But it is still a statement. Authors United feels so strongly that they have courageously banded together to change the publishing industry by making sure authors are treated fairly. For the first time in history, authors have joined forces to influence publishers to raise ebook royalty rates and eliminate unconscionable contract clauses.
They actually have the courage to band together and say, "Hey! We've sold billlions of books, but we're just the 1% of the 1% and 99.99% of our peers are getting screwed by bad publishing deals! So we're going to actually use our power and money to stand up against the hands that feed us and do the right thing!"
Wait... nevermind. My bad. They actually joined forces and are publishing this ad because Amazon took away some pre-order buttons.
This is a totally independent effort. No organization, company, or publishing house is sponsoring us.
Well, except for the SFWA and the living/breathing/thinking Hillerman conference (I never would have thought I'd live to see the day when a conference could pass the Turing Test), and good old Ansel Adams, one of our literary greats.
But they may not be sponsoring them, only supporting them. And there are no publisher signatories, so they obviously aren't supporting or sponsoring Authors United either.
Not directly, anyway.
If I had to guess, these rich, powerful authors who have earned in excess of a billion dollars actually get their checks signed by publishing houses. But that isn't a conflict of interest at all, because they're doing this independently, and they've already declared they're not taking sides.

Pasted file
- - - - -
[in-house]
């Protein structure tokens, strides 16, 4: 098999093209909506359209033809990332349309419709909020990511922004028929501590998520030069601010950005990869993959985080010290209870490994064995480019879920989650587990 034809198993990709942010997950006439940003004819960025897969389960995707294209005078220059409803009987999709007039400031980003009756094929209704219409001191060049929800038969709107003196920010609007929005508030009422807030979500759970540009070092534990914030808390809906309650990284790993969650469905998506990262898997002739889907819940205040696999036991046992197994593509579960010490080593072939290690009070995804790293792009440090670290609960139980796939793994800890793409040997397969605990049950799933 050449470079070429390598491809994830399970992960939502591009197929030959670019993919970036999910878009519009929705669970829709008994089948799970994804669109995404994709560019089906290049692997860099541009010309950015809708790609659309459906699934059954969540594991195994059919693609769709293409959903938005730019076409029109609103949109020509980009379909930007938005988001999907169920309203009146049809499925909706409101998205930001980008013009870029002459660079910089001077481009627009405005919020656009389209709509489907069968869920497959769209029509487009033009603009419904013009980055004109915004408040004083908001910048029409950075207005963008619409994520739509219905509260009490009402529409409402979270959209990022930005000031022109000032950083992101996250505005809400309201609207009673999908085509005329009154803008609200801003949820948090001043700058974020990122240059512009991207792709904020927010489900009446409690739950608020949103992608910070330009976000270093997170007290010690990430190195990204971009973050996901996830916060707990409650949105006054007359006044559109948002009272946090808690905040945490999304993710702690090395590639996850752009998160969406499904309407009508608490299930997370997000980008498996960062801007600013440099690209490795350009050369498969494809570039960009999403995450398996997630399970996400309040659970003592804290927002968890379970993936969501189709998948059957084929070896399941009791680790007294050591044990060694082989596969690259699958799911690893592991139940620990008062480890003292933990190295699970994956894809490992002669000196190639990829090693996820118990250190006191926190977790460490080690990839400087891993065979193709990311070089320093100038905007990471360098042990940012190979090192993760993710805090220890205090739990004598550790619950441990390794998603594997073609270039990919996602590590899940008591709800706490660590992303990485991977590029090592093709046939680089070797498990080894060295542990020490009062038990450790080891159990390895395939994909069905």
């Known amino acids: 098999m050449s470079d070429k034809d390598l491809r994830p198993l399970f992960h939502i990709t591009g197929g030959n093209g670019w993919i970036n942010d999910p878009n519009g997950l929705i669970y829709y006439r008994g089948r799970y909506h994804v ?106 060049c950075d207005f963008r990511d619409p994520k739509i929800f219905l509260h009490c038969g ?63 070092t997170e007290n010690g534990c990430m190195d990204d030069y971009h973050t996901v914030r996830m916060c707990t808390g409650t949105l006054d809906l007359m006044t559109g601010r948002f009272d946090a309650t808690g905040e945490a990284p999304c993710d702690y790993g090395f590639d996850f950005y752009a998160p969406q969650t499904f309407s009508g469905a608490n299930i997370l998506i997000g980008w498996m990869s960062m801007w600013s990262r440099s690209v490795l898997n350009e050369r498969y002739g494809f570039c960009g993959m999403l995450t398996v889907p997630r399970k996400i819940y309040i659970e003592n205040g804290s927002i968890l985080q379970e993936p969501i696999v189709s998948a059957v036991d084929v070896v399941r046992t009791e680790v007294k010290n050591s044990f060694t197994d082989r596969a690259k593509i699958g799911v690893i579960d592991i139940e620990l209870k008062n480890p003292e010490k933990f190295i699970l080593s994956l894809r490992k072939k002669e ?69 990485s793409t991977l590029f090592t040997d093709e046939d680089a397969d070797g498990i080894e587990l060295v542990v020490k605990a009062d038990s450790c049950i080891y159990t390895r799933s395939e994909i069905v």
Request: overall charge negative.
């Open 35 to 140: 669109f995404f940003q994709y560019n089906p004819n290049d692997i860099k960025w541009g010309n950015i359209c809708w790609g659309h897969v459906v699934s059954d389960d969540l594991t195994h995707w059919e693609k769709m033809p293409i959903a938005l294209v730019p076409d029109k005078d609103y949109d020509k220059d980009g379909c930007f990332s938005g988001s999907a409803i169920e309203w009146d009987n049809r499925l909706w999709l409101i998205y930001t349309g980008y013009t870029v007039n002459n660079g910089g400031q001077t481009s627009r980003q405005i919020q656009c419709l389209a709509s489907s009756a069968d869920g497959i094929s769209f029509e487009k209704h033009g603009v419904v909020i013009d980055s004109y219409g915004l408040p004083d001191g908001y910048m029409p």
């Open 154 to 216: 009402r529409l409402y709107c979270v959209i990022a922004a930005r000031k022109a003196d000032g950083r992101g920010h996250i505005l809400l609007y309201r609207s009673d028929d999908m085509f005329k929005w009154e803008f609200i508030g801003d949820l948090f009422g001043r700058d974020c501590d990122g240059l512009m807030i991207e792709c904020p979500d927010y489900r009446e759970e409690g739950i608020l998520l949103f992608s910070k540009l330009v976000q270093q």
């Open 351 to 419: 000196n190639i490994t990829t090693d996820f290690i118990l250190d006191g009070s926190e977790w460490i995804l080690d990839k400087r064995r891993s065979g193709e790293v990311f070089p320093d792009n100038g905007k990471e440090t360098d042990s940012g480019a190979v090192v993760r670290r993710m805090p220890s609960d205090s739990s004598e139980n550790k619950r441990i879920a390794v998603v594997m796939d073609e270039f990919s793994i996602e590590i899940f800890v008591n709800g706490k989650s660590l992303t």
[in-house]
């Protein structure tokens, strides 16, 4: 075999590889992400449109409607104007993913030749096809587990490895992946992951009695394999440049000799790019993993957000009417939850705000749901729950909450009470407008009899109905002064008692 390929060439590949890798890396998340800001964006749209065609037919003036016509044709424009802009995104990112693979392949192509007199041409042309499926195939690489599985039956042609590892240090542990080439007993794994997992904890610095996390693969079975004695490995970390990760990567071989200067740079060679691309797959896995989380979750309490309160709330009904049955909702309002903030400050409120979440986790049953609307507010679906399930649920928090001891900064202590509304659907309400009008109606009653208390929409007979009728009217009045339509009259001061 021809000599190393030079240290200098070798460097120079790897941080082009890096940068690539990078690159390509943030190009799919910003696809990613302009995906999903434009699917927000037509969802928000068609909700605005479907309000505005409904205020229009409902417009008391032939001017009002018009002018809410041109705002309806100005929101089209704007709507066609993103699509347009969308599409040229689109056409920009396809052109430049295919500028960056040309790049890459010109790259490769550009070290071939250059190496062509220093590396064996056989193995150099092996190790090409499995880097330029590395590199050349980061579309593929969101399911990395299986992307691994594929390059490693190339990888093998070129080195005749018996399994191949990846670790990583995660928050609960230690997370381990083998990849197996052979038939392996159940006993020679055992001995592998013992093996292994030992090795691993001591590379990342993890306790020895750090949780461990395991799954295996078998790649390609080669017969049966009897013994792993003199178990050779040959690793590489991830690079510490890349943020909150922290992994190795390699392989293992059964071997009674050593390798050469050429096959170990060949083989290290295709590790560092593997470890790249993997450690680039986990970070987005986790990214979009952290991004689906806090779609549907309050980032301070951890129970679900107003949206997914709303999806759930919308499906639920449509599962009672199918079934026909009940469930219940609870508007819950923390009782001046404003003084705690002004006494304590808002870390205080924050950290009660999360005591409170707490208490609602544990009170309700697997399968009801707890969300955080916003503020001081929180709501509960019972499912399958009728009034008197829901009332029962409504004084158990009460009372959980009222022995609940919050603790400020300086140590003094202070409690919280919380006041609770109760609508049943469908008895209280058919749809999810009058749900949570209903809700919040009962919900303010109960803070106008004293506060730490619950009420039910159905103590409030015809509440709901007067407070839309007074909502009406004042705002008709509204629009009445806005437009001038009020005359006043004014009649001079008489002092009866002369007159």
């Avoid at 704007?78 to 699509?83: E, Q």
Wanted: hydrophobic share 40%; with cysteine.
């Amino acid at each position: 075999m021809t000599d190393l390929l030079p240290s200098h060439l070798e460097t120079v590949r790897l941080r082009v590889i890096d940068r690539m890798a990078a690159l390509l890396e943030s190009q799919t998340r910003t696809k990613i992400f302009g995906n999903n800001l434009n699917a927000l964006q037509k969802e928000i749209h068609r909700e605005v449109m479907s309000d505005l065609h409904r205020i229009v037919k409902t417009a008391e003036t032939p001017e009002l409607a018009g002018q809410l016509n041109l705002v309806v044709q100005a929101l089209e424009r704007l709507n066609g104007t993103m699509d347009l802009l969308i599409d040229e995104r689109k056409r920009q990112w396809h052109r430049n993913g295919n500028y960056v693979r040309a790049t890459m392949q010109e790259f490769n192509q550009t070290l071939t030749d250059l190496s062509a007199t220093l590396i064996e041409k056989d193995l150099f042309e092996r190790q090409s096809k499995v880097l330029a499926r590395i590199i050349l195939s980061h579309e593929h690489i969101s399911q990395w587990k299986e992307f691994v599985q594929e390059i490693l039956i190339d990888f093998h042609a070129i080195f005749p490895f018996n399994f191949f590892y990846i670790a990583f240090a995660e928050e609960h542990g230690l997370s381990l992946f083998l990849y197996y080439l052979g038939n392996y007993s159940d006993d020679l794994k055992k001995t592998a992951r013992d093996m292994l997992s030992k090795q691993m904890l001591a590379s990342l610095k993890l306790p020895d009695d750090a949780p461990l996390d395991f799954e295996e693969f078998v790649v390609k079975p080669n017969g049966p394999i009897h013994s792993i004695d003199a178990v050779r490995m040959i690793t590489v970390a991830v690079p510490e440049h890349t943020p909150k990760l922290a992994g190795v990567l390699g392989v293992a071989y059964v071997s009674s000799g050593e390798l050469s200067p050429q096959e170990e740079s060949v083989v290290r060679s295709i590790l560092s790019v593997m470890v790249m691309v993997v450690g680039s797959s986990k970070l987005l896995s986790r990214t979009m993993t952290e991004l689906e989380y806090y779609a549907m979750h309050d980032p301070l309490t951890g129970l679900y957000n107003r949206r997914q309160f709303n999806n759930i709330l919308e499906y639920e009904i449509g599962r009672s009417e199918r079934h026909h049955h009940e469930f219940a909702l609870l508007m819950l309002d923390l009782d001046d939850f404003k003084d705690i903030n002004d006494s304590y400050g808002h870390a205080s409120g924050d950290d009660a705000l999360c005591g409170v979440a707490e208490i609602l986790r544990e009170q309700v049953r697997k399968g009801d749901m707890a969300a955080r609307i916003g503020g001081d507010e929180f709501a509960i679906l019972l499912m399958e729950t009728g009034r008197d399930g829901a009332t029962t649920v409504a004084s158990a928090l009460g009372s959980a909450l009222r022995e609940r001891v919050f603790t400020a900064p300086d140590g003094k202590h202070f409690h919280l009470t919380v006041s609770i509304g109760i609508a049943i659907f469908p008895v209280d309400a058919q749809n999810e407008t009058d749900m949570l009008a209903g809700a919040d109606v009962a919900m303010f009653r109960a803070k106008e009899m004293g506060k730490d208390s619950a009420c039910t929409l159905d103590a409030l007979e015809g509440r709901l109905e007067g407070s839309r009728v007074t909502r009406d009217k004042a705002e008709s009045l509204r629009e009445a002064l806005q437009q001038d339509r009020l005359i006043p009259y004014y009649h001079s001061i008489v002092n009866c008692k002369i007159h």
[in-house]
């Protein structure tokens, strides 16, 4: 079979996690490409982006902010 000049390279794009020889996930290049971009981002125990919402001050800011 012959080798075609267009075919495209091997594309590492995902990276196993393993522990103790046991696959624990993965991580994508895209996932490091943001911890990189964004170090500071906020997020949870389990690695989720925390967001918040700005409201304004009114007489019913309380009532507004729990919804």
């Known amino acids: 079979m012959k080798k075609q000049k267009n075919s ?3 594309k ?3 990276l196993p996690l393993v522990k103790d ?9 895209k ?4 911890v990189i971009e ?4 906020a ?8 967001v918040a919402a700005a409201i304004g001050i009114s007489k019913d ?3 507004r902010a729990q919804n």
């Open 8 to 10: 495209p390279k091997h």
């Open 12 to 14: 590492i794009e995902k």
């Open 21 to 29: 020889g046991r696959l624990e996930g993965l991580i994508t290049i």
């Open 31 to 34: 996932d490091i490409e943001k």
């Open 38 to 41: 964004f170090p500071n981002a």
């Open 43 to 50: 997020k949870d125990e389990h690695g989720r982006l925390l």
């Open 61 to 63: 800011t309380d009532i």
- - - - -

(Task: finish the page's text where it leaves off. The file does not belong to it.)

I mean, they might have called for Amazon, not Hachette, to resolve this dispute. And they might have told people to email Jeff Bezos. But they aren't taking sides. This is in no way self-serving or disingenuous. And the urge to throw up that I'm currently feeling must be entirely unrelated as well.
“We have many loyal and committed readers. They listen when we speak. That represents power; perhaps even enough power to face down one of the world's largest corporations.” I won't opine about Preston having so much power over his readers that he can get them to do anything more than read his work, but there is a lot of money and power at play here. Money and power that could be used to help authors in mind-blowing ways. To change the industry for the better. To improve conditions across the board.